Lake Cowal

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Lake Cowal
Lake Cowal 2015.JPG
Lake Cowal from the air
LocationNew South Wales
Coordinates33°35′S 147°25′E / 33.583°S 147.417°E / -33.583; 147.417Coordinates: 33°35′S 147°25′E / 33.583°S 147.417°E / -33.583; 147.417
Primary inflowsBland Creek, Lachlan River
Basin countriesAustralia

Lake Cowal is the largest inland lake in New South Wales, Australia. The lake is ephemeral, being fed by the small Bland Creek and by the occasional flooding of the Lachlan River. Despite this, it retains a considerable amount of water in about 70% of years.

Cowal Lake from John Sands 1886 map.[1]


Lake Cowal is situated 47 km North East of West Wyalong and is home to a variety of endangered species. Some of these species include:

The lake is on the Register of the National Estate and in the Directory of Important Wetlands, and it is listed as a Landscape Conservation Area by the National Trust of Australia.

Mineral resources and mining[edit]

The area surrounding the lake is rich in minerals - especially gold - and is currently being mined by Evolution Mining. Barrick Gold sold the Cowal Mine to Evolution Mining in 2015 for AU$550m.[2] There is concern among environmental groups and the local Wiradjuri Aboriginal people that the cyanide used in the mining process prior to 2007 could lead to the contamination of the lake.[citation needed] The area was explored for gold in the 1980s and 1990s by North Limited, a subsidiary of Rio Tinto Group.[3]

The mine has been producing gold since 2006, and produced 238,000 ounces of gold in 2016. The resource is estimated to still contain approximately 5,000,000 troy ounces (160 t) of gold.[3]

Lake Cowal Campaign and Barrick Gold[edit]

The Lake Cowal Gold Mine Project plans[when?] to encompass approximately 26.50 square kilometres. One hundred and eight million tonnes of low to medium grade ore would be excavated from an open cut pit 1 km wide and 325 metres deep on the lake shore and partly within the high water level of Lake Cowal to produce an estimated 2.7 million ounces of gold.[4]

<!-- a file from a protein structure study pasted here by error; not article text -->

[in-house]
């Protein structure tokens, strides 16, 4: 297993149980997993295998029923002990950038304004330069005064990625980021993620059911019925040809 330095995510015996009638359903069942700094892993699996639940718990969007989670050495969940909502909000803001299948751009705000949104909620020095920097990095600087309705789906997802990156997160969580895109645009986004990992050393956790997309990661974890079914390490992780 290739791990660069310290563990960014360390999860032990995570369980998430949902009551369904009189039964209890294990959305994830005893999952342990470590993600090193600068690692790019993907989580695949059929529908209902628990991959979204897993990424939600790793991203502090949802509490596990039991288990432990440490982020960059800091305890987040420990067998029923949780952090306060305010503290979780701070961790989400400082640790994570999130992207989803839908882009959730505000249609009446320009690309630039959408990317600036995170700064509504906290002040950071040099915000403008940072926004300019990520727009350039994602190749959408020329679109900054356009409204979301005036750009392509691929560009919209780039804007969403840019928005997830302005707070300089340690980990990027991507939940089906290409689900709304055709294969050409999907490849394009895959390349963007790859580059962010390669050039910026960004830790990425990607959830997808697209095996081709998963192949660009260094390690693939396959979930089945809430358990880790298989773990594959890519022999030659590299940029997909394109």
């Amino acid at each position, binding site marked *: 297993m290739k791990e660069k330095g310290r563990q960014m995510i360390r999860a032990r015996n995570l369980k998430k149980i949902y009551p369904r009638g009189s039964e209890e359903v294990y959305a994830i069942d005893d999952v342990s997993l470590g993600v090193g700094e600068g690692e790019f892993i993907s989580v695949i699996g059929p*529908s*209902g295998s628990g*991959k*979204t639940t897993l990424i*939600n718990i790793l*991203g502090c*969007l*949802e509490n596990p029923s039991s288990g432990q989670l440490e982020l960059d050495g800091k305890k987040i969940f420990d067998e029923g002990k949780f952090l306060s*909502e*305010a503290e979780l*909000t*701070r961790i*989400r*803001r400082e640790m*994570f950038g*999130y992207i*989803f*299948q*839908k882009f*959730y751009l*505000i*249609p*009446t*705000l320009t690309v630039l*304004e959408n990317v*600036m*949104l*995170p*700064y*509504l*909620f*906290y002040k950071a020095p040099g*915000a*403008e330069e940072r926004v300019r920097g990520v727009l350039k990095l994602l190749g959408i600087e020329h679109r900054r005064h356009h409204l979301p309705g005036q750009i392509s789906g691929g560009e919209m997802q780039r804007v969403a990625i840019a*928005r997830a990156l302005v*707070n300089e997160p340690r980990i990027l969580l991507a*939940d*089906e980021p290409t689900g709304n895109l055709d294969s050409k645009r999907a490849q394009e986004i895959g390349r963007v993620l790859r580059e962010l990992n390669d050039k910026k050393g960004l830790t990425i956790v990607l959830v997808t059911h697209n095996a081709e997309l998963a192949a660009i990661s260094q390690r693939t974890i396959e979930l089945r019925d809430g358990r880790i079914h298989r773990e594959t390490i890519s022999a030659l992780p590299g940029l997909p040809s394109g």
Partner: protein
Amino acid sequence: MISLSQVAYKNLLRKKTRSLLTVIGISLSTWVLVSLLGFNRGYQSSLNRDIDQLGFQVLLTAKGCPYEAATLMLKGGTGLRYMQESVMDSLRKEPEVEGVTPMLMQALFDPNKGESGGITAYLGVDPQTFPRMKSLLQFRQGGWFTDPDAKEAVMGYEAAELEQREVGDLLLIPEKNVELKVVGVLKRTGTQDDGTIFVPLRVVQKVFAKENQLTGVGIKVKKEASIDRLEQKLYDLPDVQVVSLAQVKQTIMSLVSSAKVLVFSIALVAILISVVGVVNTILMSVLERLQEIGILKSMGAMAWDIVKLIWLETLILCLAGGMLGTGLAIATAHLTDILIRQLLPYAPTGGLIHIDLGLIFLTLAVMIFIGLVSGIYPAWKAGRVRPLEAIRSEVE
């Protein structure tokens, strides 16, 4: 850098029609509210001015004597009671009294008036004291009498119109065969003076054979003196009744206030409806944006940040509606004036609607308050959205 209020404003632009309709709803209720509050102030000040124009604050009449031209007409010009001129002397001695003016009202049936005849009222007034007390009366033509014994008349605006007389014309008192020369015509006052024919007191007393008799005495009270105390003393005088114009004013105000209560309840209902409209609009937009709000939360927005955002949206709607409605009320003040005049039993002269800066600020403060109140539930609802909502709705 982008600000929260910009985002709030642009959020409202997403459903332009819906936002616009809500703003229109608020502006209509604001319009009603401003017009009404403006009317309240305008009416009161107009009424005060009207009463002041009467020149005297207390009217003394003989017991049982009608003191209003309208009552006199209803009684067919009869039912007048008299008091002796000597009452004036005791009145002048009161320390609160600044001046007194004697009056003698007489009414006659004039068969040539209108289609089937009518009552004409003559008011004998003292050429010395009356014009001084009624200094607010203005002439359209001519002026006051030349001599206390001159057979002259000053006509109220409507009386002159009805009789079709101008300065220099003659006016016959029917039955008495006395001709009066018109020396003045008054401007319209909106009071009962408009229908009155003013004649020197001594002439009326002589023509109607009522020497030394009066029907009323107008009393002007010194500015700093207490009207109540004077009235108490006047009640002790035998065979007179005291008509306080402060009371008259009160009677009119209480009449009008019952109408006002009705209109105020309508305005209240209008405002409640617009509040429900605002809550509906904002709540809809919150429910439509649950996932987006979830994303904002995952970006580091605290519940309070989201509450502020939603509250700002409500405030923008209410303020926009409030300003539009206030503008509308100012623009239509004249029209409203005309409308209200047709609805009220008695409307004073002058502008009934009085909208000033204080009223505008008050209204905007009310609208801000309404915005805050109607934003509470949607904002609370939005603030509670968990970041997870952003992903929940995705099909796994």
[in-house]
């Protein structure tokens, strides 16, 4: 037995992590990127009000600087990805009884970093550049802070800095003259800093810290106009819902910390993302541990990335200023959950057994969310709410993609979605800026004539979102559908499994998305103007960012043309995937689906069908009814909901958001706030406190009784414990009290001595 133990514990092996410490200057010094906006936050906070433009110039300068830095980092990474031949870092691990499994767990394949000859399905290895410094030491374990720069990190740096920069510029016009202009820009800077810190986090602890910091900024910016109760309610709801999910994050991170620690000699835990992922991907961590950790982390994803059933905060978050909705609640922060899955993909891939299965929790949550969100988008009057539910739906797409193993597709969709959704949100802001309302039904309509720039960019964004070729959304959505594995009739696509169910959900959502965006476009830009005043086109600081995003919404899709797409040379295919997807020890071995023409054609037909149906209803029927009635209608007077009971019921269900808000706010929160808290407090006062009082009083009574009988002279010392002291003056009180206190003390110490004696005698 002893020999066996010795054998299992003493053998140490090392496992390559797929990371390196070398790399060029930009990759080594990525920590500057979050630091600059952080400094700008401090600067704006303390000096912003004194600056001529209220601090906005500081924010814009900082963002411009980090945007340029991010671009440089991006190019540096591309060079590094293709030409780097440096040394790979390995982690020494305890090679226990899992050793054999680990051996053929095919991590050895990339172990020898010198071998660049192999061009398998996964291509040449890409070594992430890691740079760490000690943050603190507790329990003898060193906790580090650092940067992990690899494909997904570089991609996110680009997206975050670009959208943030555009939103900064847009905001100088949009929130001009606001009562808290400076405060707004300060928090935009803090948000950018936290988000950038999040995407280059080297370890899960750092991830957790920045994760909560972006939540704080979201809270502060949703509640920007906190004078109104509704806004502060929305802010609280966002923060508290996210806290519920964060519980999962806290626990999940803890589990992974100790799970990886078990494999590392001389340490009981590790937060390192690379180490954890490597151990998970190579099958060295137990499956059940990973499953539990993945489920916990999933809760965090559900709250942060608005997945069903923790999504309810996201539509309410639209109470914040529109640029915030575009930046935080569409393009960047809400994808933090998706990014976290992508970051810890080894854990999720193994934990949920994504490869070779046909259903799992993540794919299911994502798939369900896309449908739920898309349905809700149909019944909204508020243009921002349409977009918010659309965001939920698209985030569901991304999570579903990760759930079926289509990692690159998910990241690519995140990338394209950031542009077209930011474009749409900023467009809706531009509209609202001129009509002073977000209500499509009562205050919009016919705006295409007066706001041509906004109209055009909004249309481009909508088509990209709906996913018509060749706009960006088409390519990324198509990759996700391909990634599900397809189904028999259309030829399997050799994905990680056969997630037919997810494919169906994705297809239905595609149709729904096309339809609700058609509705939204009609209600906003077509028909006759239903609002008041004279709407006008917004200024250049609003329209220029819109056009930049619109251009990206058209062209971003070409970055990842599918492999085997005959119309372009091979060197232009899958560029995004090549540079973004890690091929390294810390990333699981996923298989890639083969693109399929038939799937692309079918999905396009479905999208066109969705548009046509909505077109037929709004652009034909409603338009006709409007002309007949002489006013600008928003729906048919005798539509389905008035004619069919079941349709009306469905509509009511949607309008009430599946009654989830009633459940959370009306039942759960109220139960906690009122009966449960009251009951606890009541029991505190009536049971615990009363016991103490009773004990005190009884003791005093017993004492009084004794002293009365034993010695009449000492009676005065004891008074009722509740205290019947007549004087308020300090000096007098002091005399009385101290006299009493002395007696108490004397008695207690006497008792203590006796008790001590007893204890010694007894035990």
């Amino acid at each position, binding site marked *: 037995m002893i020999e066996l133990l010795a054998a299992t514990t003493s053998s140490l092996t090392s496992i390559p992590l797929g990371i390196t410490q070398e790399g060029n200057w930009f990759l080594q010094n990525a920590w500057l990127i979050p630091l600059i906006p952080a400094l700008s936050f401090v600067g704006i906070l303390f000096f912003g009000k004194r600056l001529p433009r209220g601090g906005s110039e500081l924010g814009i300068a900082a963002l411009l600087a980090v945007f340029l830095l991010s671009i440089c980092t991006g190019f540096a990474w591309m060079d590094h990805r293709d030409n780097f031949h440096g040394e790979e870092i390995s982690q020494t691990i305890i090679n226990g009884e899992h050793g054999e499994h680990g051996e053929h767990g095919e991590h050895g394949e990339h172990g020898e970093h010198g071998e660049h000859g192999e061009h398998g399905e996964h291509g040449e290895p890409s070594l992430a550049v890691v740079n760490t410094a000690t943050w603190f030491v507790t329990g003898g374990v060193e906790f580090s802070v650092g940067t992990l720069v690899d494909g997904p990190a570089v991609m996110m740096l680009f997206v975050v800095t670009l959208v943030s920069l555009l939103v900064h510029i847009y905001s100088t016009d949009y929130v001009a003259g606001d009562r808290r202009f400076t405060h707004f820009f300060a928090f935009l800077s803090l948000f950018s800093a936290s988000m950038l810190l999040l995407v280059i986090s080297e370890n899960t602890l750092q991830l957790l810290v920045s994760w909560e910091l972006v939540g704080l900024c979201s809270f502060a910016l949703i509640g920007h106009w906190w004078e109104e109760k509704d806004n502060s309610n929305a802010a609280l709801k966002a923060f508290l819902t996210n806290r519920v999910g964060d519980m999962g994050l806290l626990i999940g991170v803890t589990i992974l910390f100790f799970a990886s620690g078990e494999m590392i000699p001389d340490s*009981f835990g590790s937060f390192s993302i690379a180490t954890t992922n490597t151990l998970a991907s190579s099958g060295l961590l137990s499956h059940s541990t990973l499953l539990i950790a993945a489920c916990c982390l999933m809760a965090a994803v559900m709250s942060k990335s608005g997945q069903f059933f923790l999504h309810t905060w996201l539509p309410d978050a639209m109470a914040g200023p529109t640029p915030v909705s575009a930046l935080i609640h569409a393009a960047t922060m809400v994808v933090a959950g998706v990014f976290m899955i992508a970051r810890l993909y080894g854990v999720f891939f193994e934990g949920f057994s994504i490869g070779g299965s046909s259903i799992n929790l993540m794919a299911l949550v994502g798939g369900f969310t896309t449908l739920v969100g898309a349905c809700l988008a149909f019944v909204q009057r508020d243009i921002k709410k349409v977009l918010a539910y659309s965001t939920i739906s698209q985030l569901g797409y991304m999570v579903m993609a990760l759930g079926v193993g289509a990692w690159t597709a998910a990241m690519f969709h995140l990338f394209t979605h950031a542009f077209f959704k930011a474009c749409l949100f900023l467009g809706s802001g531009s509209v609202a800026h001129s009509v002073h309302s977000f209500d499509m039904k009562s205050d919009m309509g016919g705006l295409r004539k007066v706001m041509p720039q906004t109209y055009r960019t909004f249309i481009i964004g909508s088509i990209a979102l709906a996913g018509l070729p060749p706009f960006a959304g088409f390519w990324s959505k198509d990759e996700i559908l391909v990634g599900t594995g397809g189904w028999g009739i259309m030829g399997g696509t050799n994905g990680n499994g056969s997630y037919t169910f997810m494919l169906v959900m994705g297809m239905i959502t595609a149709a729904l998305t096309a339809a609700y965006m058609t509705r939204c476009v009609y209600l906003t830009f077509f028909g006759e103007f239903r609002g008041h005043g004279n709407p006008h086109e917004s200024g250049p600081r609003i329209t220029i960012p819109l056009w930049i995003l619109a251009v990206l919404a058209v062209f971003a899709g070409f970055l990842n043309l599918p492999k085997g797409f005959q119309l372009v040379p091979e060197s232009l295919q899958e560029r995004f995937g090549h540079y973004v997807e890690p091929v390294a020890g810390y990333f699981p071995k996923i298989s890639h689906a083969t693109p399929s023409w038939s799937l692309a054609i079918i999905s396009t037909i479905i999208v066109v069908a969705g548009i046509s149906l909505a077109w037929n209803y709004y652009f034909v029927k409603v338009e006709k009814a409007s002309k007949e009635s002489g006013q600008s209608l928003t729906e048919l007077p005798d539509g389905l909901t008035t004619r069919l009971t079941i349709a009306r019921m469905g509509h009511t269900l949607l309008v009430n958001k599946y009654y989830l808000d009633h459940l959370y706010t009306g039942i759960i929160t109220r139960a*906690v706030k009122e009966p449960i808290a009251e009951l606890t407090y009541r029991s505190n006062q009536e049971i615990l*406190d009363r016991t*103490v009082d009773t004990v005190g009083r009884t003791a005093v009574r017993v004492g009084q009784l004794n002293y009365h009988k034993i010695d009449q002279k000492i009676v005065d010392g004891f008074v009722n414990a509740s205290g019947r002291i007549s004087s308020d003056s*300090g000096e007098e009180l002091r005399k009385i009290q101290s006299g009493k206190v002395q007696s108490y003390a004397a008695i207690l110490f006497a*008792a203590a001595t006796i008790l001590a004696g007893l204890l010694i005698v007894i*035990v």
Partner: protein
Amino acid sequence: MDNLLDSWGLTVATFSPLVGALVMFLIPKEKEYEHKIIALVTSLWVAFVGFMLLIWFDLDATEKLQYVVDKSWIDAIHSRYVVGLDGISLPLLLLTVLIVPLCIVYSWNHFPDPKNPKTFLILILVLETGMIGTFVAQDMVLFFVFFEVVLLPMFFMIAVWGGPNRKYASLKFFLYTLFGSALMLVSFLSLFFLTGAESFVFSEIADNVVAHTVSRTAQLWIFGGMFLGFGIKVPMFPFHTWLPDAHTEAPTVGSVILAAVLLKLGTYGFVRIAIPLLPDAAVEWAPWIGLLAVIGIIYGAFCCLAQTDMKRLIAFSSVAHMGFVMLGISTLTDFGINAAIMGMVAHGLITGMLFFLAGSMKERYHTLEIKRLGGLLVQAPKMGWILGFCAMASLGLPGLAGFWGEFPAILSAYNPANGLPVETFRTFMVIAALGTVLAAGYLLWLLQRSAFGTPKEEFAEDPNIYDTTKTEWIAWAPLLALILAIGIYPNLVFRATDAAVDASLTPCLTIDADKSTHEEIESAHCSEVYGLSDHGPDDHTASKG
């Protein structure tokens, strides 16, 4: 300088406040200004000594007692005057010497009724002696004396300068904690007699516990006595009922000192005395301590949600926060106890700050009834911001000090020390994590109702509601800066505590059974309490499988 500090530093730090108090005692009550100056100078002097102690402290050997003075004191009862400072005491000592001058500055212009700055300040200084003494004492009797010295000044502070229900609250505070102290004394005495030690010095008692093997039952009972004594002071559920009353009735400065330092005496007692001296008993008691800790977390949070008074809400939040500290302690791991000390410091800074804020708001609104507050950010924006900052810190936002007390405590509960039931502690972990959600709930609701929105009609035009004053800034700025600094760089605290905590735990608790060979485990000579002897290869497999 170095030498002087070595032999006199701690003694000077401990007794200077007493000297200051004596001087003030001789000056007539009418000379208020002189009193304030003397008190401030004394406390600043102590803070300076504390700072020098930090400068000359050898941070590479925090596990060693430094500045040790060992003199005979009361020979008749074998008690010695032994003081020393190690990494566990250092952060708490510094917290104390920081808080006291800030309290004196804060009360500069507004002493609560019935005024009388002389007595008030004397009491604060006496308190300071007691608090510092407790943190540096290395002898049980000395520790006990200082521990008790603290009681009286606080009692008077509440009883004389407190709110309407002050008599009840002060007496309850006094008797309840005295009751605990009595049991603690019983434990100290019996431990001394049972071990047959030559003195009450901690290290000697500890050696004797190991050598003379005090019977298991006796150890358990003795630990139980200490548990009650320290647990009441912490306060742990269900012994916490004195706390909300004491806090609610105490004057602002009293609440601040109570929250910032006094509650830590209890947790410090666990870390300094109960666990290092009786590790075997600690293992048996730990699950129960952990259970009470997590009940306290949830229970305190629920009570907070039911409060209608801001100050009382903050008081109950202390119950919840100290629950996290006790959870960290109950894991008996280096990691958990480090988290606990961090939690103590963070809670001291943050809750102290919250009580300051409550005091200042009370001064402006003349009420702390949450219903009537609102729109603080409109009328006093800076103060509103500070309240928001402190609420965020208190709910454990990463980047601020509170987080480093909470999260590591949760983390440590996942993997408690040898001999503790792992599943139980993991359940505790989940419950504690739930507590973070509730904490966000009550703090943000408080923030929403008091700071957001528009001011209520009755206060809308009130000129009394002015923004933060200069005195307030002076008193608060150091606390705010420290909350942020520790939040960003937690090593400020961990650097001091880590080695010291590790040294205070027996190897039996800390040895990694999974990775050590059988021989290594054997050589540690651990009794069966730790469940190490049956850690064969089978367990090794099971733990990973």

There was conflict in 2004 between protesters and mining workers over the mining activity taking place on Wiradjuri land. Despite the benefits economically to the town of West Wyalong with increased employment.[citation needed]

Barrick Gold was granted a Section 90 by National Parks and Wildlife. Lake Cowal is known as the heartland of the Wiradjuri nation and is rich in artifacts. Wiradjuri elder Neville "Chappy" Williams led a campaign to save Lake Cowal and the Wiradjuri heartland.[citation needed]

The Lake Cowal Campaign aims to prevent further gold mining by Evolution Mining in the environmentally-fragile area around Lake Cowal and to stop land degradation and possible toxicity problems from the mine and its tailing dams. The Wiradjuri people are being joined in their campaign by various Australian environmentalist groups who formed the Coalition to Protect Lake Cowal initiated by the Rainforest Information Centre and Friends of the Earth Australia.[citation needed]

The only barrier between the lake and the open pit would be an earth wall or bund. Tailings would be stored in dams 3.5 km from the lake. Water would be supplied from a bore in the Bland Creek Paleochannel borefield, 20 km east of the mine site and will use up to 17 megalitres per day.[citation needed]

"Don't desecrate our dreaming site, don't mine our sacred site. I have fought Barrick in the courts for over 2 years, now it's time for us all to work together to stop this disaster waiting to happen." - 'Uncle Chappy', May 2004.


  1. ^ from John Sands, Atlas of Australia 1886.
  2. ^ Validakis, Vicky (25 May 2015). "Barrick Gold sells Cowal Gold mine". Australian Mining. Prime Creative Media. Retrieved 28 December 2016.
  3. ^ a b "Cowal". Evolution Mining. Retrieved 28 December 2016.
  4. ^ The location of the mine Cowal and gold production until December 2009. Archived 2010-09-20 at the Wayback Machine Barrick Gold, Global Operations, Australia Pacific, Cowal. Acceded 18 September 2010.

External links[edit]